From Anglo-Norman seintefier, from Old French saintefier, from Late Latin sānctificō, from Latin sānctus ‎(holy) + faciō ‎(do, make). Form altered to conform with Latin.



sanctify ‎(third-person singular simple present sanctifies, present participle sanctifying, simple past and past participle sanctified)

  1. (transitive) To make holy; to consecrate. Set aside for sacred or ceremonial use.
    • 1611, Bible (KJV), Genesis 2:3:
      And God blessed the seventh day, and sanctified it: because that in it he had rested from all his work which God created and made.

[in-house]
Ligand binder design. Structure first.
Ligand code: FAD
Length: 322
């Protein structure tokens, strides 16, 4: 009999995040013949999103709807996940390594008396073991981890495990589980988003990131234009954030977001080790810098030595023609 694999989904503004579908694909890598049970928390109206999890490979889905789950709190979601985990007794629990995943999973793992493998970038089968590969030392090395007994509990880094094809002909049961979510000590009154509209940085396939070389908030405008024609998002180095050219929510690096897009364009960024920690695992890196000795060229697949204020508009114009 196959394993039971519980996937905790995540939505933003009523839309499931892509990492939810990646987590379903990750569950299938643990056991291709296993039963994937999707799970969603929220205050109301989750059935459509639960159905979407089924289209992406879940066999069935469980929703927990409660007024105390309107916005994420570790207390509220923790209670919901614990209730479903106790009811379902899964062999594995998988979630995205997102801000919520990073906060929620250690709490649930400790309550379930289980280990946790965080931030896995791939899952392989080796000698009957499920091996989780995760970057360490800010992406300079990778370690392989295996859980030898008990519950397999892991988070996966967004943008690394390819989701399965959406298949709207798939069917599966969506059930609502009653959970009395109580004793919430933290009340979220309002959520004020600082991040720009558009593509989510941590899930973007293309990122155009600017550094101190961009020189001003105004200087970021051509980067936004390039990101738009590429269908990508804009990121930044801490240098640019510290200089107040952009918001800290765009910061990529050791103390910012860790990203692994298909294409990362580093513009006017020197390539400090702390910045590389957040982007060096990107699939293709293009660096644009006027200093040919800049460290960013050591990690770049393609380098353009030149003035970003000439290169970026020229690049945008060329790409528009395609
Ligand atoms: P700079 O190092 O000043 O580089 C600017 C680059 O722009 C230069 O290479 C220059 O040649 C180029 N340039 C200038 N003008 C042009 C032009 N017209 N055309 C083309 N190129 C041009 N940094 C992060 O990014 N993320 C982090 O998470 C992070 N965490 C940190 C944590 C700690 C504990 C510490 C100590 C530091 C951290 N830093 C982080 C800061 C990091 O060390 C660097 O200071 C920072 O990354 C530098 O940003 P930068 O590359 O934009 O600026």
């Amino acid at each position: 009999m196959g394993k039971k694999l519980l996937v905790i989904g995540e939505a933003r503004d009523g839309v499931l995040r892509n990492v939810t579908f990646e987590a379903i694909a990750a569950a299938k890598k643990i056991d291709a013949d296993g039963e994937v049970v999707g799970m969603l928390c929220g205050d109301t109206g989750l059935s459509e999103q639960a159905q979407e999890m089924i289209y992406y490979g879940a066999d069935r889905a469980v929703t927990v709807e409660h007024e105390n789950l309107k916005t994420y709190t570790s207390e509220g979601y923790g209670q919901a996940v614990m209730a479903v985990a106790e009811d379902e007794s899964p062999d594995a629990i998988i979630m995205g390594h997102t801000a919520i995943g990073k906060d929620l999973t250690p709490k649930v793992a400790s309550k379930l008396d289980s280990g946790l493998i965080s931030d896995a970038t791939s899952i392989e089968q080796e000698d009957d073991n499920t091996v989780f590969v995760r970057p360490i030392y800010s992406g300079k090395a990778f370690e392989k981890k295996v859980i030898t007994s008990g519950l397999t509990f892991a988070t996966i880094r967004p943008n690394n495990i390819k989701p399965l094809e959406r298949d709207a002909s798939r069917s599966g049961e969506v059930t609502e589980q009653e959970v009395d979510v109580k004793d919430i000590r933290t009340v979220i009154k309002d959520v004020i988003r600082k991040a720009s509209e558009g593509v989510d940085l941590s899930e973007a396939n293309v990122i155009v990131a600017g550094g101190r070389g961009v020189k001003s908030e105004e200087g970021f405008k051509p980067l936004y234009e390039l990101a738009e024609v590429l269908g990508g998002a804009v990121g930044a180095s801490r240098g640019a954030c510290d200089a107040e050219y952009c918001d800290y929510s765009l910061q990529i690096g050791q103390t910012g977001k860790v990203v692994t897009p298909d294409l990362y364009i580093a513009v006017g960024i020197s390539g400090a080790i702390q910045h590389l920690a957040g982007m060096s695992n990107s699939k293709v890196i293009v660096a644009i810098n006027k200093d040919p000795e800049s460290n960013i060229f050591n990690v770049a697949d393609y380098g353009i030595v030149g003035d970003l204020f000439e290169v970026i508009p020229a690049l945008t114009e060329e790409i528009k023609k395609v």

2. (transitive) To free from sin; to purify.
    • 1611, Bible (KJV), Corinthians-Chapter-6/#11 1 Corinthians 6:11:
      And such were some of you: but ye are washed, but ye are sanctified, but ye are justified in the name of the Lord Jesus, and by the Spirit of our God.
    • 1611, Bible (KJV), Ephesians 5:25-26:
      Husbands, love your wives, even as Christ also loved the church, and gave himself for it; That he might sanctify and cleanse it with the washing of water by the word.
  3. (transitive) To make acceptable or useful under religious law or practice.
  4. (transitive) To endorse with religious sanction.



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